Dr Inga Wolframm on Dealing With Nerves [Harry Potter Style…]

Remember the “Boy who lived”, aka Harry Potter?

As it turns out, J.K. Rowling didn’t just manage to set a trend for so called “crossover books” – books that appeal to children and adults – she also knew a thing or two about sport psychology…

Picture the scene, if you will: It’s the morning of the first Quidditch match of the season. Griffindor is playing Slytherin with Ron Weasley as their new keeper. Harry and his friends are just settling down for breakfast.

“How’re you feeling?” Ginny asked Ron, who was now staring into the dregs of milk at the bottom of his empty cereal bowl as though seriously considering attempting to drown himself in them.

“He’s just nervous,” said Harry.

“Well, that’s a good sign, I never feel you perform as well in exams if you’re not a bit nervous,” said Hermione heartily.

nervesHermione is right. Nervousness, anxiety, stress, whatever you want to call it, can be a good thing. Adrenalin is the body’s very own energy drink. It energises people, boosting reaction times and the ability to concentrate. Faster breathing rates and a pumping heart means more oxygen and the release of glucose (facilitated by cortisol). The result? More fuel for hard working muscles.

Stress can be a very good thing. It can help improve performance. As long as people – Ron, Hermione, or, most importantly for the purpose of this blog, riders – are mentally tough enough to deal with it. Several groups of researchers, among them Dr. Graham Jones and his colleagues, have gone about trying to define this concept called mental toughness. It is summarised as

“having the natural or developed psychological edge that enables you to, generally, cope better than your opponents with the many demands (competition, training, lifestyle) that sport places on a performer and, specifically, be more consistent and better than your opponents in remaining determined, focused, confident, and in control under pressure.”1

Quite a mouthful, right? In essence, what Jones and colleagues are saying is that individuals who embrace the stresses of competitive sports generally end up outperforming their peers time and time again – not because their necessarily more skilful or talented, but because they thrive on the stress of competitive life.

So how do you develop mental toughness?

Well, one of the key elements to it, is the concept of “self-belief”. Jones and colleagues have managed to distil it down to four elements, that I have summarised for you as follows:

1. Reminding yourself of all the things you had to do to get to where you are now. Remember all the hours learning, training, refining you and your horse did over the years? They will pay off. They always do, as long as you keep at it.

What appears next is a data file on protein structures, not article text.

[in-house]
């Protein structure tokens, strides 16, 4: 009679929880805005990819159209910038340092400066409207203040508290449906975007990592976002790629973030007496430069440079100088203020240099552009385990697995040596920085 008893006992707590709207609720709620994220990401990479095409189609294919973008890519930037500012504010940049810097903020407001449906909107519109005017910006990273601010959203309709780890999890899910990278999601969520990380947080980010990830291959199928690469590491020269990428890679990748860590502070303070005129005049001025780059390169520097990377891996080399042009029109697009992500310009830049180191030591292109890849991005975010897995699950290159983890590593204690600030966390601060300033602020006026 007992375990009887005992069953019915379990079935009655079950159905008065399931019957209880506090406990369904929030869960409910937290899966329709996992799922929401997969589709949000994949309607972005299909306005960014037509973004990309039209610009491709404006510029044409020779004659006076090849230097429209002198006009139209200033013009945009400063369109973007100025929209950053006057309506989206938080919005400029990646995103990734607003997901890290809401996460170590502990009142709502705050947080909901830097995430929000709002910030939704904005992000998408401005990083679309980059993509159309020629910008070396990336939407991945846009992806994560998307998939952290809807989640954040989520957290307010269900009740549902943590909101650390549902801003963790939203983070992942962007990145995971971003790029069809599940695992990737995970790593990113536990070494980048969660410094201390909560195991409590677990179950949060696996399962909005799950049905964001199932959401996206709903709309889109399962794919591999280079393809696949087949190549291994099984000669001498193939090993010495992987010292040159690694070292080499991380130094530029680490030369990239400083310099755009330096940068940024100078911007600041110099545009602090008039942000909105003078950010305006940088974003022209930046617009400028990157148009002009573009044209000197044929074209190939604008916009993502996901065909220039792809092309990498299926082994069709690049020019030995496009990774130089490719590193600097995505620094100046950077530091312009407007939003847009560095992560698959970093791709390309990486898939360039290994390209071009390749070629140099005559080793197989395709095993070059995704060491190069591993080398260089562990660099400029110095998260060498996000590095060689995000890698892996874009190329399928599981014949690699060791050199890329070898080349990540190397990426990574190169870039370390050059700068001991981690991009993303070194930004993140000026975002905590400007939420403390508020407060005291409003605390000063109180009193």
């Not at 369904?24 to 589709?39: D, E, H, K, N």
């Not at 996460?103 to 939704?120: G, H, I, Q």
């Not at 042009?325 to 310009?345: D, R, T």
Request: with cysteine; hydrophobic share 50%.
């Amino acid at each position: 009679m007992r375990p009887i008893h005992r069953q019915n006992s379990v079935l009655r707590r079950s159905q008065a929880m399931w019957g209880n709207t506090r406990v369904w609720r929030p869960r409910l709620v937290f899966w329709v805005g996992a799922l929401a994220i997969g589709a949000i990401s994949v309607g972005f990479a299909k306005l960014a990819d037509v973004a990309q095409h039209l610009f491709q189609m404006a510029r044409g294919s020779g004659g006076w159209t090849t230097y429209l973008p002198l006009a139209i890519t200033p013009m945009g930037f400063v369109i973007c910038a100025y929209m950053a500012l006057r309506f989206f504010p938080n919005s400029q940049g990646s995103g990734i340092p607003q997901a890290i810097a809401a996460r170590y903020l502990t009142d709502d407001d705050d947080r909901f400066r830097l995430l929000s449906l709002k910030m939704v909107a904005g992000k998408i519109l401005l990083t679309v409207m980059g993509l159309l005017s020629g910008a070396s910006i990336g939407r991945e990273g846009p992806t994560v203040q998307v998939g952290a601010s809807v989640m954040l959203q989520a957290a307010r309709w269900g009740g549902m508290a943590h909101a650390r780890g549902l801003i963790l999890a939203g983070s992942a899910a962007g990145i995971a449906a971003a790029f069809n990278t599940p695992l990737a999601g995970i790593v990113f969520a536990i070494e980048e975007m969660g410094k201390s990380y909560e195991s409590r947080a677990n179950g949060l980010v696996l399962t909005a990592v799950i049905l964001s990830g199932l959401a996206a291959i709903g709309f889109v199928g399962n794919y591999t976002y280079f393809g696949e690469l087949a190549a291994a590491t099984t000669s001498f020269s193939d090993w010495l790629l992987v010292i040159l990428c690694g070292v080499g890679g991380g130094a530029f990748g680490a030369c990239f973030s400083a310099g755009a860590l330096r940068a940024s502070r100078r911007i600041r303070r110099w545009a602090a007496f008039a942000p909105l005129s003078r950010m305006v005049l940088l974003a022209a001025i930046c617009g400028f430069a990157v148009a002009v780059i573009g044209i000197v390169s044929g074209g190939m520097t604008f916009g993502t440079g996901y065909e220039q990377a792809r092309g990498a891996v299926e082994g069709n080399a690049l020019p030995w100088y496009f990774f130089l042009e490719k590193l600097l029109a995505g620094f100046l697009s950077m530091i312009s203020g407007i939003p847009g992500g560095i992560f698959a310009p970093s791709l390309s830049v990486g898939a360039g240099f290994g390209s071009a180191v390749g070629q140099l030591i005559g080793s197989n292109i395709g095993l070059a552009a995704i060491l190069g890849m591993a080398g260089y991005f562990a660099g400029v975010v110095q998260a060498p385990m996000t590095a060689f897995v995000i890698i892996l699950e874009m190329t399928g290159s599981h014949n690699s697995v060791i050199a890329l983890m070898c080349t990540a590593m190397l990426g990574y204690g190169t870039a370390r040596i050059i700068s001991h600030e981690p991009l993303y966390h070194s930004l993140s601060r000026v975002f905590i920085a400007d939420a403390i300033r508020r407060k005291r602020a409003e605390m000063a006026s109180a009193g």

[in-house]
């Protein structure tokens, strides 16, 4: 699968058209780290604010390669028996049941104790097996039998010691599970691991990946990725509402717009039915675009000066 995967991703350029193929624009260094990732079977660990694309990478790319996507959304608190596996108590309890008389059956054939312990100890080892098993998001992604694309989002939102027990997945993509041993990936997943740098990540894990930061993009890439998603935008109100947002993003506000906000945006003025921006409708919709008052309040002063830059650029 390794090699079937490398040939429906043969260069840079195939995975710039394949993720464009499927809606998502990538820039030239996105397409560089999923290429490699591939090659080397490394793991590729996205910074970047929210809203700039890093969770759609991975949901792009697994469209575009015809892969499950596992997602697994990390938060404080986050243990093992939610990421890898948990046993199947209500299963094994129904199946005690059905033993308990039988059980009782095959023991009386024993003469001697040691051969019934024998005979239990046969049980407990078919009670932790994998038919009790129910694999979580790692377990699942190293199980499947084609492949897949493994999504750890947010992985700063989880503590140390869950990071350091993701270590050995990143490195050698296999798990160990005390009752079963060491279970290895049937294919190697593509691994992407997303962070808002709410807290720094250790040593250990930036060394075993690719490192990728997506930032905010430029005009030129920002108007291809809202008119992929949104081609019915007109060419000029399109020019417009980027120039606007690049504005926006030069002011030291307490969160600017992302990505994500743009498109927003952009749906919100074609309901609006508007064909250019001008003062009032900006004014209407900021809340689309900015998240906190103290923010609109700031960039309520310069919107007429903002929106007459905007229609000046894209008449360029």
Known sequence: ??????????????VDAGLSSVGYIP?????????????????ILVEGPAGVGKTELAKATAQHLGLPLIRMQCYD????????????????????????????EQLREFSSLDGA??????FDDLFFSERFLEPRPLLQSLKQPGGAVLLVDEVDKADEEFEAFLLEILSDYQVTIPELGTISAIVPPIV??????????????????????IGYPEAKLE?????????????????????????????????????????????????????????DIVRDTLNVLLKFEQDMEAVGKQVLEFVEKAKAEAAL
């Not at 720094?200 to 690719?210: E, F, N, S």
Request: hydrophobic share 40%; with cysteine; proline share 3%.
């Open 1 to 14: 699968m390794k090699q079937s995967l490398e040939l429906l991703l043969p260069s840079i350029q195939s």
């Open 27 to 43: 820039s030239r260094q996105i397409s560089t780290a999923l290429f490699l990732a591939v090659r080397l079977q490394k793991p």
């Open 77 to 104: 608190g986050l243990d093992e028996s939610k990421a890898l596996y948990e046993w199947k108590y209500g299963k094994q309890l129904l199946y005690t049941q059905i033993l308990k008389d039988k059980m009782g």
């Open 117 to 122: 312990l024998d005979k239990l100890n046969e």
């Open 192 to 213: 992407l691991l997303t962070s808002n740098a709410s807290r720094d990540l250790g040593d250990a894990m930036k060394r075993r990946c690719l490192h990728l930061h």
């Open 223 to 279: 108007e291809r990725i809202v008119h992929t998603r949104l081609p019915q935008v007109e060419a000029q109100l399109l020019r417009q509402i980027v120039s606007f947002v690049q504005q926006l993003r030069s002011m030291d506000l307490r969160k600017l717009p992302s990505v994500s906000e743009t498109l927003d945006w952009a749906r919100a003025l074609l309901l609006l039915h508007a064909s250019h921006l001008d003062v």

2. The conviction that you can achieve anything you want. (We’re often told that being arrogant doesn’t win you any favours. Well, in sports, it’s a necessity to think you’re excellent at what you do. Think of it as being your own biggest fan.)

3. No obstacle is too great to overcome. (Don’t worry, you don’t have to go out and buy yourself a top show jumper – and even if you had a spare 8 million lying around, London’s no longer for sale. But you do need to develop solid coping strategies.

4. Be passionate! Passion, if it’s strong enough (and with riders it usually is), will give you the necessary staying power to enable you to reach your goals in the end.

So what about Ron? Did he come to see his nerves as something positive? Well, not for the first few games. In fact, the Slytherins were so delighted with his abysmal performance, they came up with a this little ditty:

“Weasley cannot save a thing,

He cannot block a single ring,

That’s why Slytherins all sing:

Weasley is our King.”

Not particularly encouraging, is it? Especially when you’re already struggling to believe in yourself.

But then (this is one book later, by the way), on the morning of yet another Quidditch match, Harry pretends to spike Ron’s juice with Felix Felicis, a lucky potion. Ron, believing luck is on his side saves every single quaffle (the ball Hogwarts students play with). After the game, Harry admits that it had all been a ruse to help Ron believe in himself.

“I wanted Ron to think I’d done it, so I faked it (putting the potion into Ron’s juice) when I knew you were looking.” He looked at Ron. “You saved everything because you felt lucky. You did it all yourself.”

Finally, realisation hits and Ron starts to believe in himself for real:

“See! I can save goals without help, Hermione!”

Sure enough, from that day on Ron’s nerves stop being a problem and he becomes a very good keeper. (He also ends up having a blazing row with Hermione, but that’s beside the point.)

The moral of the story? Believing in yourself, trusting in your own abilities, knowing that you are good enough to do what you have to do, will hone your mental toughness and turn your pre-competitive flutters into the wings you need to excel.

___________________________________________________________________________________________

1 Jones, Hanton and Connaughton (2007) A Framework of Mental Toughness in the World’s Best Performers

More on Dr Inga Wolframm: https://aspireequestrian.wordpress.com/guest-bloggers/affiliate-blogger-inga-wolframm/

 

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